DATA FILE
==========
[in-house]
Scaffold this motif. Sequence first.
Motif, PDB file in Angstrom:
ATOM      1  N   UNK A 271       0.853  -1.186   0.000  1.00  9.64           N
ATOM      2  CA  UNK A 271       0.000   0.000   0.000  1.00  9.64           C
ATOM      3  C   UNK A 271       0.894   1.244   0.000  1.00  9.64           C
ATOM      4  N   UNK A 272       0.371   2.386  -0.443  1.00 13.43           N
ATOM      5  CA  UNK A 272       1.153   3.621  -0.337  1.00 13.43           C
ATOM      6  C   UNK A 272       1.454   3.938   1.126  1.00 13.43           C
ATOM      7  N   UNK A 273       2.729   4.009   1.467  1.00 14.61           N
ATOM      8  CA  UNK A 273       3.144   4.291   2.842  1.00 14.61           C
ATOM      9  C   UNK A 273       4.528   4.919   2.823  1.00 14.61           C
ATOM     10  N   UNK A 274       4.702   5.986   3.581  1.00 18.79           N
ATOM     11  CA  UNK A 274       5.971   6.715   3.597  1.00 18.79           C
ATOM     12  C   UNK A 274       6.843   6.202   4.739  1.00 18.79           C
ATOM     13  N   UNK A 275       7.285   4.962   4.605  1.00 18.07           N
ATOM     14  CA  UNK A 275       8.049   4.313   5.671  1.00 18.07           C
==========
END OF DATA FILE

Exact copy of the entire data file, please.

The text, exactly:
[in-house]
Scaffold this motif. Sequence first.
Motif, PDB file in Angstrom:
ATOM      1  N   UNK A 271       0.853  -1.186   0.000  1.00  9.64           N
ATOM      2  CA  UNK A 271       0.000   0.000   0.000  1.00  9.64           C
ATOM      3  C   UNK A 271       0.894   1.244   0.000  1.00  9.64           C
ATOM      4  N   UNK A 272       0.371   2.386  -0.443  1.00 13.43           N
ATOM      5  CA  UNK A 272       1.153   3.621  -0.337  1.00 13.43           C
ATOM      6  C   UNK A 272       1.454   3.938   1.126  1.00 13.43           C
ATOM      7  N   UNK A 273       2.729   4.009   1.467  1.00 14.61           N
ATOM      8  CA  UNK A 273       3.144   4.291   2.842  1.00 14.61           C
ATOM      9  C   UNK A 273       4.528   4.919   2.823  1.00 14.61           C
ATOM     10  N   UNK A 274       4.702   5.986   3.581  1.00 18.79           N
ATOM     11  CA  UNK A 274       5.971   6.715   3.597  1.00 18.79           C
ATOM     12  C   UNK A 274       6.843   6.202   4.739  1.00 18.79           C
ATOM     13  N   UNK A 275       7.285   4.962   4.605  1.00 18.07           N
ATOM     14  CA  UNK A 275       8.049   4.313   5.671  1.00 18.07           C